Several Texas groups, including the Sustainable Energy and Economic Development Coalition, filed a petition with the Nuclear Regulatory Commission last week to block the addition of two more reactors at the South Texas Project in Bay City. CPS Energy holds a 40-percent stake in the two reactors currently operating at the STP site and has invested more than $270 million in “exploring” the proposed expansion.

SEED was joined in the petition by Public Citizen and the South Texas Association for Responsible Energy. One of the most contentious issues surrounding the proposed expansion is the lack of a clear plan for the safe and economic disposal of radioactive waste, an issue which continues to dog the so-called national nuclear renaissance.

We don’t have Yucca Mountain and we don’t know what the costs of waste management are going to be,” said Dr. Arjun Makhijani in a conference call April 23. Makhijani, a SEED advisor from the Maryland-based Institute for Energy and Environmental Research, has estimated the costs of adding the two reactors at a whopping $12.5 -$17 billion.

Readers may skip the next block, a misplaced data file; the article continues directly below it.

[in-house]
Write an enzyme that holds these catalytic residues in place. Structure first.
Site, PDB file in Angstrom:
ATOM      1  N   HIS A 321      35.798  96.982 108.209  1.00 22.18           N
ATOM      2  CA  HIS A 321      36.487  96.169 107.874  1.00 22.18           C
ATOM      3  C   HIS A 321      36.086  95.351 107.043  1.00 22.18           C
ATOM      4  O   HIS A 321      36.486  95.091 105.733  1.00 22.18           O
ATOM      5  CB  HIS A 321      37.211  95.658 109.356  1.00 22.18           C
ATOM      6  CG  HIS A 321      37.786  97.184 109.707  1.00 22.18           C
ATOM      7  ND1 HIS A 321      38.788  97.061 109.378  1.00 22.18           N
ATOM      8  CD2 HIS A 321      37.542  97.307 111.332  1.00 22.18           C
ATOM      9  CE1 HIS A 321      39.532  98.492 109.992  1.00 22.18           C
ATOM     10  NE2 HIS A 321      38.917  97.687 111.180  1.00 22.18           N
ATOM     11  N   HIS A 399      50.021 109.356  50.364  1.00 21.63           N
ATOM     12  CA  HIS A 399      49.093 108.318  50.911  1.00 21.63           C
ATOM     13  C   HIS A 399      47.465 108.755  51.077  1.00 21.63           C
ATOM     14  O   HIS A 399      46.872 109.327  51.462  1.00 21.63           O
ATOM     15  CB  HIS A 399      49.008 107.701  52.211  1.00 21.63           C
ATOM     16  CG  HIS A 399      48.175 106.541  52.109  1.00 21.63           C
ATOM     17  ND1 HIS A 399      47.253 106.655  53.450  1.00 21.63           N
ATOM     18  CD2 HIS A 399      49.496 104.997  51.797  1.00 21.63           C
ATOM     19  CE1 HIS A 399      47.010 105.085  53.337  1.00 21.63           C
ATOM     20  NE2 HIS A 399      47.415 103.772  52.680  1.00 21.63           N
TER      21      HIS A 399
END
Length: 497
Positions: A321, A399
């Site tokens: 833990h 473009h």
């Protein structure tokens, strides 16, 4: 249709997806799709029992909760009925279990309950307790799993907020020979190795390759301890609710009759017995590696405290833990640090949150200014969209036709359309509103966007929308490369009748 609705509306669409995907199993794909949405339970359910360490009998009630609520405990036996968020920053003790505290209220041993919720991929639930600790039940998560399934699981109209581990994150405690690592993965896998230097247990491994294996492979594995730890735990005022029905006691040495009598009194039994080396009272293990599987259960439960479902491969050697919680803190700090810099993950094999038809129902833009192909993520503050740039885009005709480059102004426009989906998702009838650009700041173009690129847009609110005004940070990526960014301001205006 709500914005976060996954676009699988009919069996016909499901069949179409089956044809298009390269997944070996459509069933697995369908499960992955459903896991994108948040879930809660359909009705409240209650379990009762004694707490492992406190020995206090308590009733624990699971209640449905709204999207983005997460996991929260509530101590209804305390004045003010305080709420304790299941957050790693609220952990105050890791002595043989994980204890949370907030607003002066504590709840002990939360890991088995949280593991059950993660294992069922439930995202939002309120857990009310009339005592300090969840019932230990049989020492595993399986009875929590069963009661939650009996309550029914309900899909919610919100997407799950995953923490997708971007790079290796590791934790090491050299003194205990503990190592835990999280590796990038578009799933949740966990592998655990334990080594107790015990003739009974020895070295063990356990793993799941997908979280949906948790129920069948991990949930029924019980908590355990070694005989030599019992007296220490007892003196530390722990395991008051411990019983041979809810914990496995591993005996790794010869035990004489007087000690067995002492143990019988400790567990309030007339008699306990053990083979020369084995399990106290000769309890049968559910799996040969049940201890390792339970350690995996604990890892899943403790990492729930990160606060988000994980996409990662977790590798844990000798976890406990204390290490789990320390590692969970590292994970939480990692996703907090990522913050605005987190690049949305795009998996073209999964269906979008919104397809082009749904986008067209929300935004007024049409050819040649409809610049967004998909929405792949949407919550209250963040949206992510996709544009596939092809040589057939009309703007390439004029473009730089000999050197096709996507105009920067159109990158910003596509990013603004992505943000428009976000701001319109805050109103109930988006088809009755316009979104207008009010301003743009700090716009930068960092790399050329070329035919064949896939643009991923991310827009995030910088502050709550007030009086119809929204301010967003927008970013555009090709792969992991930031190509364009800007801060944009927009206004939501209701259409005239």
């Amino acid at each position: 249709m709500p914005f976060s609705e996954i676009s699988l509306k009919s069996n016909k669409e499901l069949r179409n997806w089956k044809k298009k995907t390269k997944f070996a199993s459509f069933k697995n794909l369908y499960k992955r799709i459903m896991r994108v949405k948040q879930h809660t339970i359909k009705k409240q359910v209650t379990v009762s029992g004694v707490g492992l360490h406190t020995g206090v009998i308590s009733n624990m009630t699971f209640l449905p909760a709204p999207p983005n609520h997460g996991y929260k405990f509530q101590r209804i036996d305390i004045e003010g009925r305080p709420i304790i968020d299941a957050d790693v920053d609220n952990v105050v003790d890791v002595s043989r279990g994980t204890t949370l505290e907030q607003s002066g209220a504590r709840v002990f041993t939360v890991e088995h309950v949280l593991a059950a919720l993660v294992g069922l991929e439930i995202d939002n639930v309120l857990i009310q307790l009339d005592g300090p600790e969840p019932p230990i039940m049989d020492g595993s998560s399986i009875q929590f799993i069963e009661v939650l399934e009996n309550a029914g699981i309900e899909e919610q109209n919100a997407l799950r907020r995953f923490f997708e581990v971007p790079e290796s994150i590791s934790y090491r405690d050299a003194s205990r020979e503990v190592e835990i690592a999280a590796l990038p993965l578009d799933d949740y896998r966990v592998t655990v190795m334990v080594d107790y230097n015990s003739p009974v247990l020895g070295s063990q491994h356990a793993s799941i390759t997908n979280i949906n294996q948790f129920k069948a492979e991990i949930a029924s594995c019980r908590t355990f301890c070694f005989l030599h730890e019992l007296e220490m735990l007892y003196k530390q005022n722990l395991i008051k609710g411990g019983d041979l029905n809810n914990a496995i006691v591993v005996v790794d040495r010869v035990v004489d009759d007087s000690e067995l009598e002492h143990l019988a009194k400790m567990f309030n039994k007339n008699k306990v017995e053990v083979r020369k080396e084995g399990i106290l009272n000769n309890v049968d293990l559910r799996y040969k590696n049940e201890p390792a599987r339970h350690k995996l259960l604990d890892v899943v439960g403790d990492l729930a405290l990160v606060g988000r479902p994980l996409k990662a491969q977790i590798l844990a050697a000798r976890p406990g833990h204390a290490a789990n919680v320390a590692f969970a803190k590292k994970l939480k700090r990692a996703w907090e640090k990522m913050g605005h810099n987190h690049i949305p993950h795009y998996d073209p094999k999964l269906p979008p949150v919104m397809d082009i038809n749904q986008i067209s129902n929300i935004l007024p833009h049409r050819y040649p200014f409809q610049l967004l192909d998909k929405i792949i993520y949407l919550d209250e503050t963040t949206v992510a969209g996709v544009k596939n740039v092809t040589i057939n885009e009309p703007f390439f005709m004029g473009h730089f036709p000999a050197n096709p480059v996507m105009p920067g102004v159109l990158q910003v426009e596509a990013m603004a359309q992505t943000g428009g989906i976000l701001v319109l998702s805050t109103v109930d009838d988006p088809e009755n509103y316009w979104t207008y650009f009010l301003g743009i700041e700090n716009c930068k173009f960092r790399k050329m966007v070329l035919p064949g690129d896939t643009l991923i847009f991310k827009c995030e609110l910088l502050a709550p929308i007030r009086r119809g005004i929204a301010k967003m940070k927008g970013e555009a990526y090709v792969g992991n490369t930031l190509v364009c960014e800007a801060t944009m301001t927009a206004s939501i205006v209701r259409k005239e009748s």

Robert Eye, attorney for the petitioners, said that the application for the STP expansion has not addressed the enormous draw on groundwater resources that the new reactors would require. “We are asking a tremendous amount from the citizens of Texas to go along with this water requirement,” said Eye. `See the QueQue, March 22, for more detailed info on nuclear power’s unquenchable thirst, and a bill at the Texas lege that would fast-track nuke plants’ H20 applications.`